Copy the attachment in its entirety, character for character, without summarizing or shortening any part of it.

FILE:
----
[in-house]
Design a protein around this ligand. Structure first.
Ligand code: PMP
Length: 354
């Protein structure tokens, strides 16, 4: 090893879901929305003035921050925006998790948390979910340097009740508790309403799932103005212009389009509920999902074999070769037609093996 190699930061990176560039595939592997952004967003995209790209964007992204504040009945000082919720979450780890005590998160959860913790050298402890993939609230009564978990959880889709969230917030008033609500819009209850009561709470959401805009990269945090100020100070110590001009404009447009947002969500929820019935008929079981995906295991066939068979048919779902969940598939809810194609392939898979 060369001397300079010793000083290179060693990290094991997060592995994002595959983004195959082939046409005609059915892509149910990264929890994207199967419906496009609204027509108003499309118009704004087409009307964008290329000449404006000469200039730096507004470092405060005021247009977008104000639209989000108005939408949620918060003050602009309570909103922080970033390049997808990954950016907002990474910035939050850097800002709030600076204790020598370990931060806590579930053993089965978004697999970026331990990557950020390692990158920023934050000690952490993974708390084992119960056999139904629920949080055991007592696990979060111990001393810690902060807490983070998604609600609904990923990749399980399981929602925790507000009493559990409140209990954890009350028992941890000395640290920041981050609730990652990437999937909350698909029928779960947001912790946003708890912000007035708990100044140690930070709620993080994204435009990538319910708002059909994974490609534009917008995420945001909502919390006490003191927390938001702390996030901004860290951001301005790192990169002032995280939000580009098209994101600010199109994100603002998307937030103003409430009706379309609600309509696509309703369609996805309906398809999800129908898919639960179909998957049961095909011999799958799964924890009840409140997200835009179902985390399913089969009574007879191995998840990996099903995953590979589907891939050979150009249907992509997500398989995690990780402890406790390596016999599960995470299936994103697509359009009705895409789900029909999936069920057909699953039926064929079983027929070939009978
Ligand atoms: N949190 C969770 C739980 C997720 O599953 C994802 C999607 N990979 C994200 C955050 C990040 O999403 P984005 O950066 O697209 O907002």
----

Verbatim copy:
[in-house]
Design a protein around this ligand. Structure first.
Ligand code: PMP
Length: 354
């Protein structure tokens, strides 16, 4: 090893879901929305003035921050925006998790948390979910340097009740508790309403799932103005212009389009509920999902074999070769037609093996 190699930061990176560039595939592997952004967003995209790209964007992204504040009945000082919720979450780890005590998160959860913790050298402890993939609230009564978990959880889709969230917030008033609500819009209850009561709470959401805009990269945090100020100070110590001009404009447009947002969500929820019935008929079981995906295991066939068979048919779902969940598939809810194609392939898979 060369001397300079010793000083290179060693990290094991997060592995994002595959983004195959082939046409005609059915892509149910990264929890994207199967419906496009609204027509108003499309118009704004087409009307964008290329000449404006000469200039730096507004470092405060005021247009977008104000639209989000108005939408949620918060003050602009309570909103922080970033390049997808990954950016907002990474910035939050850097800002709030600076204790020598370990931060806590579930053993089965978004697999970026331990990557950020390692990158920023934050000690952490993974708390084992119960056999139904629920949080055991007592696990979060111990001393810690902060807490983070998604609600609904990923990749399980399981929602925790507000009493559990409140209990954890009350028992941890000395640290920041981050609730990652990437999937909350698909029928779960947001912790946003708890912000007035708990100044140690930070709620993080994204435009990538319910708002059909994974490609534009917008995420945001909502919390006490003191927390938001702390996030901004860290951001301005790192990169002032995280939000580009098209994101600010199109994100603002998307937030103003409430009706379309609600309509696509309703369609996805309906398809999800129908898919639960179909998957049961095909011999799958799964924890009840409140997200835009179902985390399913089969009574007879191995998840990996099903995953590979589907891939050979150009249907992509997500398989995690990780402890406790390596016999599960995470299936994103697509359009009705895409789900029909999936069920057909699953039926064929079983027929070939009978
Ligand atoms: N949190 C969770 C739980 C997720 O599953 C994802 C999607 N990979 C994200 C955050 C990040 O999403 P984005 O950066 O697209 O907002």